Not technically a bookshelf I know, but this is the first in an occasional series highlighting literary magazines that would suit any shelf. So it seems suitable to start with the oldest of the lot, The London Magazine. It was established in 1732 and has naturally undergone a variety of relaunches - what hasn't changed is the standard of writing - contributors have included Wordsworth, Shelley, Keats, Evelyn Waugh, TS Eliot and William Boyd. It comes out bimonthly and the current issue includes Harry Mount on 'My London', Edward Lucie-Smith on The Magic Realism of Julio Larraz and Tom Sutcliffe on Digestible Opera. Well worth buying.
Thursday, 9 October 2014
Tuesday, 30 September 2014
Monday, 29 September 2014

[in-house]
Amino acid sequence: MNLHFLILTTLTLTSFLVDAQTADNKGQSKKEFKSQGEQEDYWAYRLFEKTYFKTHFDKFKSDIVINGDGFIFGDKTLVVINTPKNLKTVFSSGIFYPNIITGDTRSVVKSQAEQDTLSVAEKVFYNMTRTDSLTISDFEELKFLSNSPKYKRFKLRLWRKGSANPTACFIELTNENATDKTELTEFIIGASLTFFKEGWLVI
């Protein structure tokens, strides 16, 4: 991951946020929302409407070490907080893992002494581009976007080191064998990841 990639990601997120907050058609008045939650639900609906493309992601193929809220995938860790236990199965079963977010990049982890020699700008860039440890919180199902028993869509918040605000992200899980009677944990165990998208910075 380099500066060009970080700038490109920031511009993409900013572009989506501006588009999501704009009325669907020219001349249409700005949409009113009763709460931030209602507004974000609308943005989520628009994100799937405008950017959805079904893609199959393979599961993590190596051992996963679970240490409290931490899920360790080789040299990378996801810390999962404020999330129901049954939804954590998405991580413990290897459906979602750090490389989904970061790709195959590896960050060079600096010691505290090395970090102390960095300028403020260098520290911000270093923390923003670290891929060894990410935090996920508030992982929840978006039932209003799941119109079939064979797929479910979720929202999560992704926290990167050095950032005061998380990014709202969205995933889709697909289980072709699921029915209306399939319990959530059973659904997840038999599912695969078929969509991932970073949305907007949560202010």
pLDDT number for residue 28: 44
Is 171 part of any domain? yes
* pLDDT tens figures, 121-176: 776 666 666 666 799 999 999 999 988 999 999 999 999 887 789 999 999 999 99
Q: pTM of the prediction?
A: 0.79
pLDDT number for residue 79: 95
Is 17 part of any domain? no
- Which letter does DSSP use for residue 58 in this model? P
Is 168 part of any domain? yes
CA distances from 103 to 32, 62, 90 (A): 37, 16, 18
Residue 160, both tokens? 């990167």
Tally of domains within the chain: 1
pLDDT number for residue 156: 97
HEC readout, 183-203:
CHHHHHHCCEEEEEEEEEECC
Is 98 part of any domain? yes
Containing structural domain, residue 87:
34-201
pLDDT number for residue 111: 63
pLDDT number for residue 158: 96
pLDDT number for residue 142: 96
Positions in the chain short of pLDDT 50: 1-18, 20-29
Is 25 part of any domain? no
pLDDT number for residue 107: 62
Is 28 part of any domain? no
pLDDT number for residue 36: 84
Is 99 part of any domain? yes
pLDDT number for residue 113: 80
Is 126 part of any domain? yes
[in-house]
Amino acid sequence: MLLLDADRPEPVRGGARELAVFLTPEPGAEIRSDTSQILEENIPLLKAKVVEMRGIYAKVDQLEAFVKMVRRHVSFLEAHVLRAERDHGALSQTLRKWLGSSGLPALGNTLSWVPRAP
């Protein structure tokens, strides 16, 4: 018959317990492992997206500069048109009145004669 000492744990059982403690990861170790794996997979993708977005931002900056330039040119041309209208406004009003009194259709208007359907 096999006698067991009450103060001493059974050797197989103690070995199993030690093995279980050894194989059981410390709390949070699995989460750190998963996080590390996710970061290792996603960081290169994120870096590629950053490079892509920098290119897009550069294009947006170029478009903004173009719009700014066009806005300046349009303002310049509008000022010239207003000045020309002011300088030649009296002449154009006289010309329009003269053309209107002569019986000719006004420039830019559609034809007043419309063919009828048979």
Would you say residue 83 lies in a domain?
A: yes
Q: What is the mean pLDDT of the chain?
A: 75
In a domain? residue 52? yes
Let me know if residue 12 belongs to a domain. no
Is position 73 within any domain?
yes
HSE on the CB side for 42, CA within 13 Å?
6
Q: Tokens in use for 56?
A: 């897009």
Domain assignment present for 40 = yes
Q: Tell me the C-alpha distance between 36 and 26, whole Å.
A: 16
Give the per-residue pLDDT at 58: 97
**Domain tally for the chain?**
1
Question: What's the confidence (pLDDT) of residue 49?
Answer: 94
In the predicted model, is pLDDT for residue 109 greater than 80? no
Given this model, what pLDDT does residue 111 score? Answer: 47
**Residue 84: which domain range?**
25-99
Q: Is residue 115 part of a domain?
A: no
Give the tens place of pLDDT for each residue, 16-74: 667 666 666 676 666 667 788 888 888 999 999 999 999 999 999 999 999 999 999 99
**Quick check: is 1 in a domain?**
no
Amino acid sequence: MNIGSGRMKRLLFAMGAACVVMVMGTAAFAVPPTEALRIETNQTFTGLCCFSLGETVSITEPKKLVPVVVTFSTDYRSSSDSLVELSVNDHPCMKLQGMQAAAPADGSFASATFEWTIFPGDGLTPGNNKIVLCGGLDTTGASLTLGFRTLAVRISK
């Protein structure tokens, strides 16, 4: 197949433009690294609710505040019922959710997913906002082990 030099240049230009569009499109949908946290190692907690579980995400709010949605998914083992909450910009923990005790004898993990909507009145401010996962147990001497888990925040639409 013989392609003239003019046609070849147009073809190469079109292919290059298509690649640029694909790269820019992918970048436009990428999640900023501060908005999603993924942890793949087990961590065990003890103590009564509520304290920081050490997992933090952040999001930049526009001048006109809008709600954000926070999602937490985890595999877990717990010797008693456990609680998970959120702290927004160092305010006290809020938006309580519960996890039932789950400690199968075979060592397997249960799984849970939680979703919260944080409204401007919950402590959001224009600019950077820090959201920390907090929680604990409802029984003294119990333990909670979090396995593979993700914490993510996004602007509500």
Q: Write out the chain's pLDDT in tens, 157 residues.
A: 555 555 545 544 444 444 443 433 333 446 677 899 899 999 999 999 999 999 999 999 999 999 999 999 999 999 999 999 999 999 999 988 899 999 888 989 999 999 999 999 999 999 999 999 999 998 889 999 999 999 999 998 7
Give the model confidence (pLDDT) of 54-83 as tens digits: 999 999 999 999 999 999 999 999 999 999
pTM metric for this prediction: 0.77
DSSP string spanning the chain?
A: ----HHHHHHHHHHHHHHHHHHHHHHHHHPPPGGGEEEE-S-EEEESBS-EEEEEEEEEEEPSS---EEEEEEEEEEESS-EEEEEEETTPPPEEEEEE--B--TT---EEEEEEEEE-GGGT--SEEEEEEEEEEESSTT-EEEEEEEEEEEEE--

The 16-24 generation is still firmly in favour of print books, new research shows, with 73% saying they prefer print over digital or audio formats. Exclusive research conducted by Voxburner for The Bookseller showed that while nearly three-quarters of young people said they prefer the print form, only 27% prefer e-books and 31% said they don’t buy e-books at all. The Bookseller
Monday, 15 September 2014
Mosses and lichens are very primitive organisms that grow in damp places, including rocks and trees. They form the lowest layer of forest vegetation and are equipped with chlorophyll giving them a green colour of varying degrees of intensity. alcarol recovered some logs from the undergrowth of the Italian Dolomite mountains and cut planks that preserve the natural edges with their native populations of plants, which are embedded in a resin resembling the water that generated their life. Undergrowth particular: wood, steel rod, moss and resin. This bookshelf is a self-supporting structure looking for utmost essentiality, giving the sections of the mossy log the effect of being suspended in the air.